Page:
Nesting set, 15 in. (38 cm) in diameter, terra cotta with slips, terra sigillata, and glaze, fired to cone 03, 2010.

Nesting set, 15 in. (38 cm) in diameter, terra cotta with slips, terra sigillata, and glaze, fired to cone 03, 2010.

Two mugs, each 3½ in. (9 cm) in height, terra cotta with terra sigillata and majolica, electric fired to cone 01, 2011.

Two mugs, each 3½ in. (9 cm) in height, terra cotta with terra sigillata and majolica, electric fired to cone 01, 2011.

CM: Is the restraint and simplicity in both the form and surfaces of your work something that you have intentionally cultivated, or has it developed more intuitively?

CM: I’ve always been attracted to minimalism and simplicity. I was born with a sense of nostalgia for a time I never lived through. The textiles, artwork, and household items of the mid-20th century have always appealed to me. I am torn between a love for these industrially designed objects and an attraction to the handmade. I love the profile of forms from this time period, the graceful silhouette of an Eva Zeisel teapot or the beautifully irregular incised lines on a Lucie Rie bowl.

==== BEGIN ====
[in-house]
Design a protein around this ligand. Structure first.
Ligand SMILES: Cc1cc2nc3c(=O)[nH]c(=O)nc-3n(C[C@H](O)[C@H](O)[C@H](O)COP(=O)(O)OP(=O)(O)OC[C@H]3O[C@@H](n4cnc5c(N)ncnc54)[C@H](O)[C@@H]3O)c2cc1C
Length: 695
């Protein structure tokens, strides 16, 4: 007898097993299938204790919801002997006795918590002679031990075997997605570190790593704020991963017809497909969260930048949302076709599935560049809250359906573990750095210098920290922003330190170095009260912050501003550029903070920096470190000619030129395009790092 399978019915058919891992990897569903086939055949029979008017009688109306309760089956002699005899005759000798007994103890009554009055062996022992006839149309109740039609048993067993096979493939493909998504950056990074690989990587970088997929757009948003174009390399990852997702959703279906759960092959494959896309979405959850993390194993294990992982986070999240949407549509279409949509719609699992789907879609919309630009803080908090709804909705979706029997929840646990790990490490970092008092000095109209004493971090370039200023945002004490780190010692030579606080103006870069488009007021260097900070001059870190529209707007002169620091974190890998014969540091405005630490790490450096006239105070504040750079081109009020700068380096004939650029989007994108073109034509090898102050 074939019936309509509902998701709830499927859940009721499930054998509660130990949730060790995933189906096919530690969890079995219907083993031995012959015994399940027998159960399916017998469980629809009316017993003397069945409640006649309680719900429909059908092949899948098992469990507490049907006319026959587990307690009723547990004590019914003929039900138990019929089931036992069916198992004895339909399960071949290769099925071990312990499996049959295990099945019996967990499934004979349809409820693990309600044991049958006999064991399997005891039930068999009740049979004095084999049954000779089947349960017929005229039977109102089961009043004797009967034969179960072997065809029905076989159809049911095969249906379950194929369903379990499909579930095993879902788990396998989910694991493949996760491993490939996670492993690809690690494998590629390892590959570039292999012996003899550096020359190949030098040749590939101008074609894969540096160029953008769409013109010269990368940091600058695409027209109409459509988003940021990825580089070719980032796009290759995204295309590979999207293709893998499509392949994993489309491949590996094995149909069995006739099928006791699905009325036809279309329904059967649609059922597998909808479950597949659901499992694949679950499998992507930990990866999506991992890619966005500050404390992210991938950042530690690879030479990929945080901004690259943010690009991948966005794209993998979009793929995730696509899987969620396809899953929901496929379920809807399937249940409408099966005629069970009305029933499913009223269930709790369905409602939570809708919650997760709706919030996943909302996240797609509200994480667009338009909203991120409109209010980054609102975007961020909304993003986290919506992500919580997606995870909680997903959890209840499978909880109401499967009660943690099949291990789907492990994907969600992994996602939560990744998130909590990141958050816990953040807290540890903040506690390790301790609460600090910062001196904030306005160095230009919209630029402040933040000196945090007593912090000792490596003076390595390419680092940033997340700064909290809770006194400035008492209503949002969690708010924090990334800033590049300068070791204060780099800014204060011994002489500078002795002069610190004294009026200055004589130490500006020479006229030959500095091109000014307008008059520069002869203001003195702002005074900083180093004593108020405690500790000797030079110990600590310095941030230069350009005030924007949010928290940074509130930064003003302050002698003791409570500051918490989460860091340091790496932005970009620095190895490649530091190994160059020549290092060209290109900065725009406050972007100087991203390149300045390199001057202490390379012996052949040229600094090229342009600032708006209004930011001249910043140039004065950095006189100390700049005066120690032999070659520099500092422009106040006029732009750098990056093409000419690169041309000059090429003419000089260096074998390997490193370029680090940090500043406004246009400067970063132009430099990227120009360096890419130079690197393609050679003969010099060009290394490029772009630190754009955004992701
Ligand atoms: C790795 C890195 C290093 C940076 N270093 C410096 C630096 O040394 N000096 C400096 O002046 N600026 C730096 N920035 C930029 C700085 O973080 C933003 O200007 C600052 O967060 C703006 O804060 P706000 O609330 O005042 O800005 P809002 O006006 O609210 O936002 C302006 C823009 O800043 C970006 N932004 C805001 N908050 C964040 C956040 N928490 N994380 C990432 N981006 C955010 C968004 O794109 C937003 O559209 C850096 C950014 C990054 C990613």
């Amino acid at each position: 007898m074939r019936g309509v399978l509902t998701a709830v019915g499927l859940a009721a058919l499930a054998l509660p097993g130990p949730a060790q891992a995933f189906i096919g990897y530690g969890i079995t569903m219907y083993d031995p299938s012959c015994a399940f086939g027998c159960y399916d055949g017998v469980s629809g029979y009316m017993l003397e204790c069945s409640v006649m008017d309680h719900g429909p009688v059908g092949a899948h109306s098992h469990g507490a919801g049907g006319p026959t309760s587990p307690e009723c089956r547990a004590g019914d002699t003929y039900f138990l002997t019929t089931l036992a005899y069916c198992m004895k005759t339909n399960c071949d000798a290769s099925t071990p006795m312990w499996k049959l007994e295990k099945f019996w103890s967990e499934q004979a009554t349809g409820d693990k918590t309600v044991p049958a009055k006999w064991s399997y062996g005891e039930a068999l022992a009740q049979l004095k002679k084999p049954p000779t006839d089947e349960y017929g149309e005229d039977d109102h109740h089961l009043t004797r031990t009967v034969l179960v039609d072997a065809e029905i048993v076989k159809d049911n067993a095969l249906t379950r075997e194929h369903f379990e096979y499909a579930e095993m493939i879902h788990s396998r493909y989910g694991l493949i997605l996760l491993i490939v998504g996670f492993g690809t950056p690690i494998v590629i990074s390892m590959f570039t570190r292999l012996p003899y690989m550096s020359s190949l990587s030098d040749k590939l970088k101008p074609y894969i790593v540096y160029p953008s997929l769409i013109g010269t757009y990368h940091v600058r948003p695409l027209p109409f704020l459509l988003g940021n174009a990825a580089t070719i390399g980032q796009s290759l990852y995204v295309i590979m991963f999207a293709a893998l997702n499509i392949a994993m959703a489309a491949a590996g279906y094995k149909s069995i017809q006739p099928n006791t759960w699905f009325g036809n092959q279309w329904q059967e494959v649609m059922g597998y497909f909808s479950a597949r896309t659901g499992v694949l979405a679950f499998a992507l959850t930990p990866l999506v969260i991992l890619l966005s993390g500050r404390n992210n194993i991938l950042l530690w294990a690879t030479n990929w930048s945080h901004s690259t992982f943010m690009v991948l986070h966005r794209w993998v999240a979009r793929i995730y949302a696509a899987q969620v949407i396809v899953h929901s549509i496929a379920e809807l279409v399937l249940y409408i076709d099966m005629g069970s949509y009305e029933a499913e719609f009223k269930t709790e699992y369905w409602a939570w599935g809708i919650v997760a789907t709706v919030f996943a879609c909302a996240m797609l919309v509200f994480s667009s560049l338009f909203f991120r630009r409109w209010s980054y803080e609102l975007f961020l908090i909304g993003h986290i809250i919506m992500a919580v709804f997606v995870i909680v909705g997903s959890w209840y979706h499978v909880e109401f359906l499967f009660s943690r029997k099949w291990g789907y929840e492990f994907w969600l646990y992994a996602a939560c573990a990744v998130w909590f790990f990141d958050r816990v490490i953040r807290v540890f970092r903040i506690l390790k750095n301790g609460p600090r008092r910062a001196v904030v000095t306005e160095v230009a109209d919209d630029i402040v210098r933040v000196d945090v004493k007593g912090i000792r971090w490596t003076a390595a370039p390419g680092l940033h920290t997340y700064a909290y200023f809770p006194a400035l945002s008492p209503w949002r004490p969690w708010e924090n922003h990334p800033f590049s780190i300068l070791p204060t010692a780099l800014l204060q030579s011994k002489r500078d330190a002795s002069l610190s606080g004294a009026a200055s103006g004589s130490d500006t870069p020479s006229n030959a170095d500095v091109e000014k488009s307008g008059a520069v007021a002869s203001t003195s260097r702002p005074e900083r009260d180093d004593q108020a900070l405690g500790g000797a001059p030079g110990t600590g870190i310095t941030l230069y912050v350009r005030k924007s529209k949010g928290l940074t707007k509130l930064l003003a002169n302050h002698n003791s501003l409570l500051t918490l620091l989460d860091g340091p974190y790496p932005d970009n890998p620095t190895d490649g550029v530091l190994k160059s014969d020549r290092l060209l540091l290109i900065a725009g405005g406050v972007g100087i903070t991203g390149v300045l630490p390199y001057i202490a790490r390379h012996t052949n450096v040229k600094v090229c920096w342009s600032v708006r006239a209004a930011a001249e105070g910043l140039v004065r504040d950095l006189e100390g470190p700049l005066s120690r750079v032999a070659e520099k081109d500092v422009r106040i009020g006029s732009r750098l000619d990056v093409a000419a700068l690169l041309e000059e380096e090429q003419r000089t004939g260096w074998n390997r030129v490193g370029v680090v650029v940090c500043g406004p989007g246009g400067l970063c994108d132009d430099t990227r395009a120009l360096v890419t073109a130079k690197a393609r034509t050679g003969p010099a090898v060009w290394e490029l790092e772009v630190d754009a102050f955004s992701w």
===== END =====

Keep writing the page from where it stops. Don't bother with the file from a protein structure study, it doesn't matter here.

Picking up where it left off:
I appreciate a pretty wide variety of work, but am most drawn to forms that are well considered, graceful, and often quite simple, or quiet in some way. I am compelled by the details, the transition line where a spout meets the pot, the negative space inside of a handle, or a surprise drawing on the bottom of a plate. I like the sense of discovery that can happen as you become more familiar with a pot. It’s a lot like getting to know a person better, as you hear their stories and the details of their life.


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The 2011 Emerging Artists are featured in Ceramics Monthly magazine’s May 2011 issue.
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